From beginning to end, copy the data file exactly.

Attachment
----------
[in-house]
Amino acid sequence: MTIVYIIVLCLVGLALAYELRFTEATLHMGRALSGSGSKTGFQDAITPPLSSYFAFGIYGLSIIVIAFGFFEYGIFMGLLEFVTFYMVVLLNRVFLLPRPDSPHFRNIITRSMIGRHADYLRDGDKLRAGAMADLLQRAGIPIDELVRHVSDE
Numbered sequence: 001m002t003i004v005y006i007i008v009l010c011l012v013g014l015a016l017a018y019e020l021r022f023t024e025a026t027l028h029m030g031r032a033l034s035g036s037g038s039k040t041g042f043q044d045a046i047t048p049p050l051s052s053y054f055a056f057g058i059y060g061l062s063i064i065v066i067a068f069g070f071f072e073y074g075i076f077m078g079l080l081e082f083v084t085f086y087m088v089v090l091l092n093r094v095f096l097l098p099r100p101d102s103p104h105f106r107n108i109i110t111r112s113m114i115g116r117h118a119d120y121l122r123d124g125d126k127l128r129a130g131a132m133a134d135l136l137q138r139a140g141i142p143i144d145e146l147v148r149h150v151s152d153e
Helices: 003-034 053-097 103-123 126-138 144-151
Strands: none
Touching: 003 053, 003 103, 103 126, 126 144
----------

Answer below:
[in-house]
Amino acid sequence: MTIVYIIVLCLVGLALAYELRFTEATLHMGRALSGSGSKTGFQDAITPPLSSYFAFGIYGLSIIVIAFGFFEYGIFMGLLEFVTFYMVVLLNRVFLLPRPDSPHFRNIITRSMIGRHADYLRDGDKLRAGAMADLLQRAGIPIDELVRHVSDE
Numbered sequence: 001m002t003i004v005y006i007i008v009l010c011l012v013g014l015a016l017a018y019e020l021r022f023t024e025a026t027l028h029m030g031r032a033l034s035g036s037g038s039k040t041g042f043q044d045a046i047t048p049p050l051s052s053y054f055a056f057g058i059y060g061l062s063i064i065v066i067a068f069g070f071f072e073y074g075i076f077m078g079l080l081e082f083v084t085f086y087m088v089v090l091l092n093r094v095f096l097l098p099r100p101d102s103p104h105f106r107n108i109i110t111r112s113m114i115g116r117h118a119d120y121l122r123d124g125d126k127l128r129a130g131a132m133a134d135l136l137q138r139a140g141i142p143i144d145e146l147v148r149h150v151s152d153e
Helices: 003-034 053-097 103-123 126-138 144-151
Strands: none
Touching: 003 053, 003 103, 103 126, 126 144